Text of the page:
To test if such a precise control of the coating can also be realized in the post-plasma process investigated here minute amounts of TEOS precursor (0.3 ppmv) and short reaction times (83 s) were used. As a measure for the surface coverage, the APE signal of the coated Pt agglomerates was determined and compared to the uncoated agglomerates. As indicated in Figure 12 (open, blue symbols), the photoemission activity was only reduced by about 5% due to the silica coating (silica confirmed by EDX). It was verified by TEM microscopy that at these conditions most of the silica was in fact deposited in the necks between the primary particles leaving most of the Pt surface accessible for interaction with the surrounding gas molecules. In order to test if this coating was sufficient to stabilize the agglomerates against thermal restructuring, the sintering behavior of non-coated and coated particles was studied by passing the aerosol particles through a tube furnace at a constant gas flow rate either directly after the SDG or after coating. Figure 13 shows the TEM micrographs for furnace temperatures of 300, 400 and 500 °C, respectively. The applied coating, which conserved the surface functionality as shown above, was very thin and non-homogeneous. With increasing temperature, the differences in the morphologies of the coated and non-coated agglomerates became more pronounced. While the primary particles of the non-coated agglomerates visibly sintered to larger diameters even at temperatures as low as 300 °C, the coated particles showed much smaller changes and retained a branched structure. The thin coating did not completely prevent the sintering of primary particles but it preserved a higher amount of surface area. As indicated by the blue symbols in Figure 12, also the photoactivity of the coated Pt agglomerates was only reduced by 12% for temperatures up to 400 °C and by 29% for a temperature of 500 °C. The uncoated agglomerates start with a slightly higher initial photoactivity at room temperature (24 °C), which decreases at elevated temperatures much faster compared to the coated particles (cf. insert in Figure 12). At 500 °C the remaining photoactivity of the coated particles is about 60% higher than the one of the uncoated Pt agglomerates. However, the coating process was not optimized so far and additional experiments will be necessary to explore the potential and to define the limits of this coating process for catalyst particles. Nevertheless, the first results of the post-plasma coating are promising and suggest further applications. Indeed, the operating conditions can be tuned to cover preferentially the interparticle contact zones between primary particles within agglomerates. This hampers the sintering of platinum agglomerates, retaining high apparent surface to much higher temperatures than usual sintering temperatures (e.g., for TiO2 agglomerates that could be heated more than 400 °C above the usual sintering temperature ).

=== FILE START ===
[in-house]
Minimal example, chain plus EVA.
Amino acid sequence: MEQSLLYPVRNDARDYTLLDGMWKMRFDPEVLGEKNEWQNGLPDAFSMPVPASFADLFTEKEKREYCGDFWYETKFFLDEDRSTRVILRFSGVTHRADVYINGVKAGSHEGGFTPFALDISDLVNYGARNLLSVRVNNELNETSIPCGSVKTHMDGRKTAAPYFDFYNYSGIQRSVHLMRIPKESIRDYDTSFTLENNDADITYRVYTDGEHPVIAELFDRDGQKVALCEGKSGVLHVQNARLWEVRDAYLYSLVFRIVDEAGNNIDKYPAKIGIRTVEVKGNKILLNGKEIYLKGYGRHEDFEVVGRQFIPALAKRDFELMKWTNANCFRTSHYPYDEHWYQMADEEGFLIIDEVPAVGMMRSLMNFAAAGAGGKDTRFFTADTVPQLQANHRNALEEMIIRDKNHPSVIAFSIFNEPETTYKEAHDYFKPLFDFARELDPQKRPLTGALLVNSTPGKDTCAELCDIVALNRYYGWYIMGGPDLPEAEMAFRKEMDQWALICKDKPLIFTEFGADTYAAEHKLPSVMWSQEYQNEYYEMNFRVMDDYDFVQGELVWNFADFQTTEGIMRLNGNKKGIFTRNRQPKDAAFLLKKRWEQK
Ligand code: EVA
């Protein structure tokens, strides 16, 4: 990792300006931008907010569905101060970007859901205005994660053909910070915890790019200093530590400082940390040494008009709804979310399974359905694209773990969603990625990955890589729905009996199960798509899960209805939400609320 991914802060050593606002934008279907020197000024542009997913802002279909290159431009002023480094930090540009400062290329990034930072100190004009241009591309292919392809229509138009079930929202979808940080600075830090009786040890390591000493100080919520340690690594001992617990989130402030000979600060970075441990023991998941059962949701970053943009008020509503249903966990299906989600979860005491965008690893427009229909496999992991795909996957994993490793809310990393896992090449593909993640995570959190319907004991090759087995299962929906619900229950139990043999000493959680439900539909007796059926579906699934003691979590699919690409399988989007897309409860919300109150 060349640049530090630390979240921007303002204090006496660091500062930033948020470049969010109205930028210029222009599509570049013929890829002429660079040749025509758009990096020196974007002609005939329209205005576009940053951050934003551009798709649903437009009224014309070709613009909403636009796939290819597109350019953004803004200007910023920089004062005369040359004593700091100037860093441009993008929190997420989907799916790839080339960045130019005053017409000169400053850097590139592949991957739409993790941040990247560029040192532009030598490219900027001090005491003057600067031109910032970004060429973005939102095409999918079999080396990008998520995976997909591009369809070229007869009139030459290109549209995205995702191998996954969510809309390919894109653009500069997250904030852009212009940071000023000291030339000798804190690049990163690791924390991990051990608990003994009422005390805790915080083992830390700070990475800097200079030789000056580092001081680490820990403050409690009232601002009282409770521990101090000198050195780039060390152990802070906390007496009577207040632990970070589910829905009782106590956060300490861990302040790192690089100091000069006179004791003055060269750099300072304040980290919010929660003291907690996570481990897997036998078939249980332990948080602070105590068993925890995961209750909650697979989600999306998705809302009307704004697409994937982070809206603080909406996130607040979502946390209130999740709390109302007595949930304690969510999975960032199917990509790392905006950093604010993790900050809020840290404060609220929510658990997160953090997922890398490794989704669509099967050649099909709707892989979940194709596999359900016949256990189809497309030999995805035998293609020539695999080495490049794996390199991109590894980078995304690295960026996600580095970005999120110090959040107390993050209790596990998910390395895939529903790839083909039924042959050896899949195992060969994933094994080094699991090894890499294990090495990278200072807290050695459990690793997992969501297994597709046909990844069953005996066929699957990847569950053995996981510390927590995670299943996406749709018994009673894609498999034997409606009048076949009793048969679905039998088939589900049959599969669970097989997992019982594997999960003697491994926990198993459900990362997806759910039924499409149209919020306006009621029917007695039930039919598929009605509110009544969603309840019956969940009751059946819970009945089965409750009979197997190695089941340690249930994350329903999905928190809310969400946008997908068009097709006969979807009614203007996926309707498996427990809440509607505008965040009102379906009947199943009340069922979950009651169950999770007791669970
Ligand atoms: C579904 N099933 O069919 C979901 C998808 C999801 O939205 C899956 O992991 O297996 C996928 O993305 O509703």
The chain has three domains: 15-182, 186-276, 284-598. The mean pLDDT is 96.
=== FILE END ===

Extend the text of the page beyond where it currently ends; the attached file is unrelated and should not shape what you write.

Homogeneous SiOx coatings of spherical and agglomerated metal and metal oxide nanoparticles (Pt, CuO, and TiO2) have been achieved in post-DBD. EDX results suggest some amount of carbon in the coating.